Dating apps that pinpoint interested people down to the nearest metre blamed for soaring sex infections

Phone_Sex

The increasing popularity of dating apps on mobile phones has fuelled a surge in cases of sexually transmitted diseases, say doctors.  Tinder and other match-making firms have proved explosively popular, especially among those in their 20s and 30s, providing users with lists of potential sexual partners nearby.

But sexual health experts say ‘hook-up’ apps are leading to rises in sexually transmitted infections (STIs).  Gonorrhoea cases in England jumped 15 per cent between 2012 and 2013, according to official figures, from 25,577 to 29,291. Syphilis cases went up nine per cent, from 2,981 to 3,249.

Peter Greenhouse, of the British Association for Sexual Health and HIV, said: ‘You don’t have to be a genius to work out that these sorts of apps make having casual sex a damn sight easier.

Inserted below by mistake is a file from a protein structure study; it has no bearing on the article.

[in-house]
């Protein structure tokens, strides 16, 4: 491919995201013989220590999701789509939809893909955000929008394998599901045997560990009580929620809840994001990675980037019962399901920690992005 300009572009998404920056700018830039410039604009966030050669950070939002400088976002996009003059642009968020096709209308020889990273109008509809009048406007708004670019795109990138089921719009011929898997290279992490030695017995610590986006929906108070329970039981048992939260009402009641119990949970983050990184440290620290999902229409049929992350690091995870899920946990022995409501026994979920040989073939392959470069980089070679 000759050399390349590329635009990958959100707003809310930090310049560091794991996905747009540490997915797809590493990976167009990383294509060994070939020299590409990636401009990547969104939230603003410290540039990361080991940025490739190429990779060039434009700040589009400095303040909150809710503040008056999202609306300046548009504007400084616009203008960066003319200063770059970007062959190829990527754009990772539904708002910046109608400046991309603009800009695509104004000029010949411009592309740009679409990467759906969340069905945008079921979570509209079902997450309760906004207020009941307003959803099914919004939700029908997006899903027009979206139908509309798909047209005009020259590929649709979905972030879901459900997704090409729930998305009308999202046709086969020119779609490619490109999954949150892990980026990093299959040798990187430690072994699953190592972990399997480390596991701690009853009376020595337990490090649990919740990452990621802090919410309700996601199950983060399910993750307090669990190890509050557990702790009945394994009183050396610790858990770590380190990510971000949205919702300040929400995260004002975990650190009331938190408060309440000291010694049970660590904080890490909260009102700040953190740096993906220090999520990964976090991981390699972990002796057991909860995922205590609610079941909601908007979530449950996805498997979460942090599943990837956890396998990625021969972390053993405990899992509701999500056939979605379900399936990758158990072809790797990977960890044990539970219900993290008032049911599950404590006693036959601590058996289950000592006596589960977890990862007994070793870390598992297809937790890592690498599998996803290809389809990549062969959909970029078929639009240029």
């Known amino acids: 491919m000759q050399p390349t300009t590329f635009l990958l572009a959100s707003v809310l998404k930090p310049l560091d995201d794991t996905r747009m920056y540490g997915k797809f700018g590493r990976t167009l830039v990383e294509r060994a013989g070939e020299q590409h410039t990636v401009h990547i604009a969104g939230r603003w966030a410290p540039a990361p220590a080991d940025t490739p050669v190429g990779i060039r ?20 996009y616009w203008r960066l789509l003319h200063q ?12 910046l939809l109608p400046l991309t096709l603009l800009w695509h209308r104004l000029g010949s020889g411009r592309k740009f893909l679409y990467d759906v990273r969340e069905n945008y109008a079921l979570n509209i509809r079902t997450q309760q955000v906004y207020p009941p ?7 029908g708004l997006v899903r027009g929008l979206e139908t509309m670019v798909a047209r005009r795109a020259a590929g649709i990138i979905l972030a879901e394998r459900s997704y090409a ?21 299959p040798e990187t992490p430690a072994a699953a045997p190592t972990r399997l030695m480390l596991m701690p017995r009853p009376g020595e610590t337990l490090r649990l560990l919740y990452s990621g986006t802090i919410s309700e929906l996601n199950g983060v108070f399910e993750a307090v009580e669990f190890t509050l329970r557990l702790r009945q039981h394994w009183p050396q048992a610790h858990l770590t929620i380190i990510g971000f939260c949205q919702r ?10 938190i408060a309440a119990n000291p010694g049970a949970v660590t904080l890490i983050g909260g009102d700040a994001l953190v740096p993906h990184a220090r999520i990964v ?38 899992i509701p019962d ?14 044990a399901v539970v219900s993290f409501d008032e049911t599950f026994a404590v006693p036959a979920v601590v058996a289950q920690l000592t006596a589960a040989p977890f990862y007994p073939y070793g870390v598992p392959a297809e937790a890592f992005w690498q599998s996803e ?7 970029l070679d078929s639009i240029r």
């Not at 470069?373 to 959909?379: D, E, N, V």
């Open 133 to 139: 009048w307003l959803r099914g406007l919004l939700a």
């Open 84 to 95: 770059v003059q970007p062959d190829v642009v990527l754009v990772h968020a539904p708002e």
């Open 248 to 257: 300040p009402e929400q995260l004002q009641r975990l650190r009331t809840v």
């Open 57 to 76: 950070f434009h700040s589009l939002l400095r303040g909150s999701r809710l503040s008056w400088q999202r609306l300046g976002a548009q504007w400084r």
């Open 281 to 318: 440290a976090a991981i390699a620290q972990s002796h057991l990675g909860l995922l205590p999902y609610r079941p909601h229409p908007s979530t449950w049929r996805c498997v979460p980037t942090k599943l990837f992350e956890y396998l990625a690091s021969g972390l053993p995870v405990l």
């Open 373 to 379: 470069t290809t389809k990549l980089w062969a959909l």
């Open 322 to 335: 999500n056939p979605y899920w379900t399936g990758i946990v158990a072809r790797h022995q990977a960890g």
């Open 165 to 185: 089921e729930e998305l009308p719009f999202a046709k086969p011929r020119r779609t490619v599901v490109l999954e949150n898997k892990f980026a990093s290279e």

‘You can find, down to a metre or two, the nearest available person who is interested. This is something that just hasn’t been available before.’

Millions now use Tinder, which lets users connect via their phones if they ‘like’ each other’s picture. Advocates say it works because it is spontaneous and discreet, but critics believe it is making casual sex more normal. An app called Grindr is equally popular among gay men. Mr Greenhouse said: ‘Thanks to Grindr or Tinder, you can acquire chlamydia in five minutes.’

Chlamydia can cause infertility in women, though most clear it naturally. Gonorrhoea can cause infertility but needs antibiotics to clear it. Doctors are worried by a rise in antibiotic-resistant gonorrhoea.

Syphilis can lead to blindness, brain damage and even death if left untreated.

Experts at Public Health England found such apps had a role in six outbreaks of syphilis across Britain since 2012. They were enabling ‘hyper-efficient transmission’ of infections, Dr Ian Simms of Public Health England told New Scientist magazine.

Outbreaks that would once have been confined to one area were spreading to other towns and cities, he said.

The companies behind these apps argue no firm evidence yet exists to link them to rises in STIs. But a spokesman for Public Health England said: ‘The only way to get protection from STIs is to practise safer sex.’

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